Data-driven calibration of physics-informed models of joint building/equipment dynamics using Bayesian optimization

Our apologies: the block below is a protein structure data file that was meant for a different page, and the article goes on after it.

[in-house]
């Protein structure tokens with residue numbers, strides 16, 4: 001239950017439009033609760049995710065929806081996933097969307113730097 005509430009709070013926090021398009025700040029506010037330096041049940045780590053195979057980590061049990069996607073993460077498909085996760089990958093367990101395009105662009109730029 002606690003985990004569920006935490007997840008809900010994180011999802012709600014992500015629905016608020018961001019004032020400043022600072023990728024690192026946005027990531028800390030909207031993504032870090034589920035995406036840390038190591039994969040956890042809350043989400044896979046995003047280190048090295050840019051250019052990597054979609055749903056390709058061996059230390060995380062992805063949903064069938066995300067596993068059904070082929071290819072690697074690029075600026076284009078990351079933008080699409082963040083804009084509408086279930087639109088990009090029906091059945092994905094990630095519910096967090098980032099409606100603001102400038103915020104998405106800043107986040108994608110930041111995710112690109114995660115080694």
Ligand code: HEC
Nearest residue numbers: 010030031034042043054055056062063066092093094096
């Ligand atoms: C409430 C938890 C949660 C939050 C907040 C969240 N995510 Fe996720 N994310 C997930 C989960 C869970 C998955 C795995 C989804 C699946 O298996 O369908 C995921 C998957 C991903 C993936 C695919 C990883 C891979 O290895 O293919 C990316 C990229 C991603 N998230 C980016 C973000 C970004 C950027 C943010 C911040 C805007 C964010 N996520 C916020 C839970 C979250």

Physics-informed simulation models of heating, ventilation, and cooling (HVAC) systems play a critical role in predicting system dynamics and enabling analysis, control, and optimization of buildings and equipment. The predictive performance of these simulation models are strongly linked to calibration mechanisms: algorithms that systematically select parameter values that optimize a given calibration-cost map (e.g., L-2 error). Poorly selected parameter values typically result in large deviations between measured building data and simulated data, limiting the utility of the simulation model in subsequent design. State-of-the-art calibration methods explore the parameter space by computing numerical gradients that are susceptible to measurement noise or employing population-based search mechanisms that require exorbitant data. To improve robustness and curtail data requirements, one can ‘learn’ or approximate the calibration-cost map and subsequently leverage the topology of the approximated function to find good search directions despite noisy measurements. Concretely, we employ machine learning to construct a calibration-cost map to direct model calibration for systems with joint dynamics of buildings and HVAC equipment. The learner explores subregions of the parameter space with high uncertainty and queries the model only where collecting simulation data yields useful information. This leads to lower simulation data-requirements compared to widely used calibration mechanisms.


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